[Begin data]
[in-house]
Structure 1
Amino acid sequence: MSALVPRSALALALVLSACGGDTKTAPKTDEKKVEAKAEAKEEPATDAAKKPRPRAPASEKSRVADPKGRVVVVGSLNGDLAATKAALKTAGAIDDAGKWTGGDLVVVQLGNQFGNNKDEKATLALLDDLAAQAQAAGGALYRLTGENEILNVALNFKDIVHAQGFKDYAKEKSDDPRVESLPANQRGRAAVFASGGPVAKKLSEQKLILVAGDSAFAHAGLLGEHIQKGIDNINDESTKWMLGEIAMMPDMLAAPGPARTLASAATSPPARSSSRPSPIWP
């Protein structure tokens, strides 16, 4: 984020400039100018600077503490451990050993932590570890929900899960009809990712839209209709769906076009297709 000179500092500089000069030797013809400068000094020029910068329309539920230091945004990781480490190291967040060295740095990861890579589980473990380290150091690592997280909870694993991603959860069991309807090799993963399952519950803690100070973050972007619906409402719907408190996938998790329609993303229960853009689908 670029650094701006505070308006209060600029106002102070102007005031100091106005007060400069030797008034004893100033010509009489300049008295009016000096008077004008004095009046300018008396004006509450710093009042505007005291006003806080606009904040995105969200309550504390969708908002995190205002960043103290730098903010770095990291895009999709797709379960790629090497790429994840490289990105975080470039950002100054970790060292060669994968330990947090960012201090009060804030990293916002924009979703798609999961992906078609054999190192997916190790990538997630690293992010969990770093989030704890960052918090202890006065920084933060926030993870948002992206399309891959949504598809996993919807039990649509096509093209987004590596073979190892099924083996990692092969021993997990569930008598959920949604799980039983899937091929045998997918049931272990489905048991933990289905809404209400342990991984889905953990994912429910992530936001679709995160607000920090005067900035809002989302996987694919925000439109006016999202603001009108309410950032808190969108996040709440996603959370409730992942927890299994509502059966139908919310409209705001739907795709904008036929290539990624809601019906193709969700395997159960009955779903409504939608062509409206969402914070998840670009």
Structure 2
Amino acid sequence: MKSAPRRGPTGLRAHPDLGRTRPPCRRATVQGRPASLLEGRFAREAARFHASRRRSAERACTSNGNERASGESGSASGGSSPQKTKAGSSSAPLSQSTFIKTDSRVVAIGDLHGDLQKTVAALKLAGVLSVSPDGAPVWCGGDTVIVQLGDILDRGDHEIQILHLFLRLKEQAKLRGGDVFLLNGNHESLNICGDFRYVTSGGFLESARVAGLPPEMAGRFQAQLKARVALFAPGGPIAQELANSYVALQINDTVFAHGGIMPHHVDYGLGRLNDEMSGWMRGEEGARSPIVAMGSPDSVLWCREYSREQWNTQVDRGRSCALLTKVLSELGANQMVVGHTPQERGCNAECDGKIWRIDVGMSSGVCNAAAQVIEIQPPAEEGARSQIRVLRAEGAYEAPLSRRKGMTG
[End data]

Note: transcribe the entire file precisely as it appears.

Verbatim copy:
[in-house]
Structure 1
Amino acid sequence: MSALVPRSALALALVLSACGGDTKTAPKTDEKKVEAKAEAKEEPATDAAKKPRPRAPASEKSRVADPKGRVVVVGSLNGDLAATKAALKTAGAIDDAGKWTGGDLVVVQLGNQFGNNKDEKATLALLDDLAAQAQAAGGALYRLTGENEILNVALNFKDIVHAQGFKDYAKEKSDDPRVESLPANQRGRAAVFASGGPVAKKLSEQKLILVAGDSAFAHAGLLGEHIQKGIDNINDESTKWMLGEIAMMPDMLAAPGPARTLASAATSPPARSSSRPSPIWP
């Protein structure tokens, strides 16, 4: 984020400039100018600077503490451990050993932590570890929900899960009809990712839209209709769906076009297709 000179500092500089000069030797013809400068000094020029910068329309539920230091945004990781480490190291967040060295740095990861890579589980473990380290150091690592997280909870694993991603959860069991309807090799993963399952519950803690100070973050972007619906409402719907408190996938998790329609993303229960853009689908 670029650094701006505070308006209060600029106002102070102007005031100091106005007060400069030797008034004893100033010509009489300049008295009016000096008077004008004095009046300018008396004006509450710093009042505007005291006003806080606009904040995105969200309550504390969708908002995190205002960043103290730098903010770095990291895009999709797709379960790629090497790429994840490289990105975080470039950002100054970790060292060669994968330990947090960012201090009060804030990293916002924009979703798609999961992906078609054999190192997916190790990538997630690293992010969990770093989030704890960052918090202890006065920084933060926030993870948002992206399309891959949504598809996993919807039990649509096509093209987004590596073979190892099924083996990692092969021993997990569930008598959920949604799980039983899937091929045998997918049931272990489905048991933990289905809404209400342990991984889905953990994912429910992530936001679709995160607000920090005067900035809002989302996987694919925000439109006016999202603001009108309410950032808190969108996040709440996603959370409730992942927890299994509502059966139908919310409209705001739907795709904008036929290539990624809601019906193709969700395997159960009955779903409504939608062509409206969402914070998840670009």
Structure 2
Amino acid sequence: MKSAPRRGPTGLRAHPDLGRTRPPCRRATVQGRPASLLEGRFAREAARFHASRRRSAERACTSNGNERASGESGSASGGSSPQKTKAGSSSAPLSQSTFIKTDSRVVAIGDLHGDLQKTVAALKLAGVLSVSPDGAPVWCGGDTVIVQLGDILDRGDHEIQILHLFLRLKEQAKLRGGDVFLLNGNHESLNICGDFRYVTSGGFLESARVAGLPPEMAGRFQAQLKARVALFAPGGPIAQELANSYVALQINDTVFAHGGIMPHHVDYGLGRLNDEMSGWMRGEEGARSPIVAMGSPDSVLWCREYSREQWNTQVDRGRSCALLTKVLSELGANQMVVGHTPQERGCNAECDGKIWRIDVGMSSGVCNAAAQVIEIQPPAEEGARSQIRVLRAEGAYEAPLSRRKGMTG